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The Spokesman-Review Newspaper
Spokane, Washington  Est. May 19, 1883

U.S. Navy denies China’s claim that it drove away destroyer

A general view shows the USS Milius DDG69, a multi-mission capable guided missile destroyer ship docked at the Manila south harbour on August 18, 2012.   (Noel Celis/AFP/GettyImages/TNS)
By Kari Lindberg Bloomberg News Bloomberg News

The U.S. Navy hit back at the Chinese military over a claim it drove off a destroyer sailing in the South China Sea, the latest in a series of disputes between the nations.

The USS Milius “illegally entered Chinese waters without the Chinese government’s approval,” China’s Southern Theater Command said in a statement on social media Thursday. “The command organized naval and air forces to follow, monitor and warn it to drive it away in accordance with the law.”

The U.S. 7th Fleet disputed that version of events, saying in an email to Bloomberg News that the “statement is false.” The vessel was “conducting routine operations in the South China Sea and was not expelled. The United States will continue to fly, sail and operate wherever international law allows.”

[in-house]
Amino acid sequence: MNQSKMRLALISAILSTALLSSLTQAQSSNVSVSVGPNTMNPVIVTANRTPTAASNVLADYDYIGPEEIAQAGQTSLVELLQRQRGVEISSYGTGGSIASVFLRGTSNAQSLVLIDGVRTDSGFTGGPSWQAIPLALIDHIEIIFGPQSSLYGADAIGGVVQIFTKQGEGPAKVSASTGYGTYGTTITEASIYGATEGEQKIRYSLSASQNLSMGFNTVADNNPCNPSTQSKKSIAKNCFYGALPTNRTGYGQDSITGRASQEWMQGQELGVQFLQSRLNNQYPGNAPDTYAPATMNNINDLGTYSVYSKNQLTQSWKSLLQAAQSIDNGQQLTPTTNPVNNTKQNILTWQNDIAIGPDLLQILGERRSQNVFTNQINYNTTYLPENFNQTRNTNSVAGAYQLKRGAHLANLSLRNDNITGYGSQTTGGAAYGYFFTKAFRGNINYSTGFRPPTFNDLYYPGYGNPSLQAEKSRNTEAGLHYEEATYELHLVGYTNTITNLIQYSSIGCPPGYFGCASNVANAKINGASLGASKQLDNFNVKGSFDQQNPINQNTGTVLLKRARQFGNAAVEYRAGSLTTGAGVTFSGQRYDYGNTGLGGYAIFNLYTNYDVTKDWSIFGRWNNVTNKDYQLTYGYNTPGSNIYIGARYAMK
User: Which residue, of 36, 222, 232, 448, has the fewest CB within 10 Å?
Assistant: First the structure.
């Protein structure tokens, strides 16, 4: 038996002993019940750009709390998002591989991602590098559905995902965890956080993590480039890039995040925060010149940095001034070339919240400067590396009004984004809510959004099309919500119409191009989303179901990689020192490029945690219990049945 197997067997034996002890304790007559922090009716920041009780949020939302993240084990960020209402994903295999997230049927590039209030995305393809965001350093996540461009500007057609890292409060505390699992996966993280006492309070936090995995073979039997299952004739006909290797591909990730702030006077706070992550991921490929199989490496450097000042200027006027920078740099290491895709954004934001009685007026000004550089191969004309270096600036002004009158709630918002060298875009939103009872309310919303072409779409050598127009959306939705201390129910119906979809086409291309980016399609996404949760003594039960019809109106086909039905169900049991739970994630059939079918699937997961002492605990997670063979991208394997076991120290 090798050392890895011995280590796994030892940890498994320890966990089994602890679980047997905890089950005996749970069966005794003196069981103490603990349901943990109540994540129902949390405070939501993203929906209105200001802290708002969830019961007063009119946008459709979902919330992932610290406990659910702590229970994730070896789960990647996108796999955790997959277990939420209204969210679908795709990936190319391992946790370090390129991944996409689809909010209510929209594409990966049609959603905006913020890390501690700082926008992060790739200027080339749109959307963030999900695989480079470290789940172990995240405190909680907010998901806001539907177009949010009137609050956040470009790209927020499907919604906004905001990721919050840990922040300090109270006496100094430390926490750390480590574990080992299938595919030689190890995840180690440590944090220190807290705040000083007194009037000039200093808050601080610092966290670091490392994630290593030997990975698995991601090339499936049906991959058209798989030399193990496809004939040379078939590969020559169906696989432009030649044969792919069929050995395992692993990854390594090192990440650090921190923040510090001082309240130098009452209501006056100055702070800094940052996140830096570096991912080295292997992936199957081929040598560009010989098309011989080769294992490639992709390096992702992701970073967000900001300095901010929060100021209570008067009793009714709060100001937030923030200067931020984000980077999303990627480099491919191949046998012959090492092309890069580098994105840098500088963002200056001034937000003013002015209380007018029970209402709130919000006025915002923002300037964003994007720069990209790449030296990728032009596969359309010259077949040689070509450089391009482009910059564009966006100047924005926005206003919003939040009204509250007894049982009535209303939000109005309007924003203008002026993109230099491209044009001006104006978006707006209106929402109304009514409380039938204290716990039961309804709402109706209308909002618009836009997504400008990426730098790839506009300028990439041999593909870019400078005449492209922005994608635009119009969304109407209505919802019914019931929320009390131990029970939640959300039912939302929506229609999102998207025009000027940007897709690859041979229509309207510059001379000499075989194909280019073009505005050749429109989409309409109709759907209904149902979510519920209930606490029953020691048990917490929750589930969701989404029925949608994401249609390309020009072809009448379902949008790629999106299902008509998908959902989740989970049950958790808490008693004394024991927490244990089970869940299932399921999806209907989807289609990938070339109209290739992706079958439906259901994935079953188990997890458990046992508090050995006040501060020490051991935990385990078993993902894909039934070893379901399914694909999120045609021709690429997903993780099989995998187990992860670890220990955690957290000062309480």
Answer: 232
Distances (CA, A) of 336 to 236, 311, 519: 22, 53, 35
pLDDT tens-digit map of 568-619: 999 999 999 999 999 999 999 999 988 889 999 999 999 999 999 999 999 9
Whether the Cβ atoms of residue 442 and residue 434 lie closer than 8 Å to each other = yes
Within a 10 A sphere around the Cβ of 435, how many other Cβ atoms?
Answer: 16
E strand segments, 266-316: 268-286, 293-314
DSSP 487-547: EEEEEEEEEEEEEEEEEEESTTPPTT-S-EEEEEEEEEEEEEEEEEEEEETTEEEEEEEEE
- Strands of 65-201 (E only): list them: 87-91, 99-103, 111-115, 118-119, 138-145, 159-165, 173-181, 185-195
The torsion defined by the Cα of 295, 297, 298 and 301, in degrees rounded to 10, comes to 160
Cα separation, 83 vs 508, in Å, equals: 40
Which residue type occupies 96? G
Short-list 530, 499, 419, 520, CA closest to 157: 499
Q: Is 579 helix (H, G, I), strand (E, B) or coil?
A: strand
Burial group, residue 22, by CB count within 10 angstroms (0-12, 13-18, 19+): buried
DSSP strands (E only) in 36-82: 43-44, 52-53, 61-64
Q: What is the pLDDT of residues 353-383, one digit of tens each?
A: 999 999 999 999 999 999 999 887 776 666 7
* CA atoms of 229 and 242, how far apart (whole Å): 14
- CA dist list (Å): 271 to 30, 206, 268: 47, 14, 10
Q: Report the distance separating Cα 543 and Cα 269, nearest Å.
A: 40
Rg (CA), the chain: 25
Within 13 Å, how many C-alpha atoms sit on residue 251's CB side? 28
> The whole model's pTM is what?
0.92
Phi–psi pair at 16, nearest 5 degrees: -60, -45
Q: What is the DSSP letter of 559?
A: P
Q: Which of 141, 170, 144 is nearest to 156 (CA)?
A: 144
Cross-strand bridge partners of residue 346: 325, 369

The two nations sparred last month over allegations a Chinese spy balloon flew over the U.S. and as Washington tries to deprive China of advanced chip technology to slow its military expansion. Chinese leader Xi Jinping has accused the U.S. of trying to suppress his nation’s development.

Beijing asserts it has rights to more than 80% of the South China Sea, whose other claimants are the Philippines, Taiwan, Malaysia, Indonesia, Vietnam and Brunei. The U.S. refuses to recognize China’s claim, and regularly conducts what it calls freedom of navigation operations to challenge what the Defense Department terms “excessive maritime claims.”

The U.S. Navy didn’t describe the Milius’ trip as one of those operations. That means China may be playing closer attention and publicizing routine movements by the U.S. military that in the past didn’t draw attention. The U.S. Navy last announced a FONOP in the South China Sea in November.

Late last year, Western officials said China was building up several unoccupied land features in the sea – an unprecedented move they said was part of Beijing’s long-running effort to strengthen claims to disputed territory in a region critical to global trade.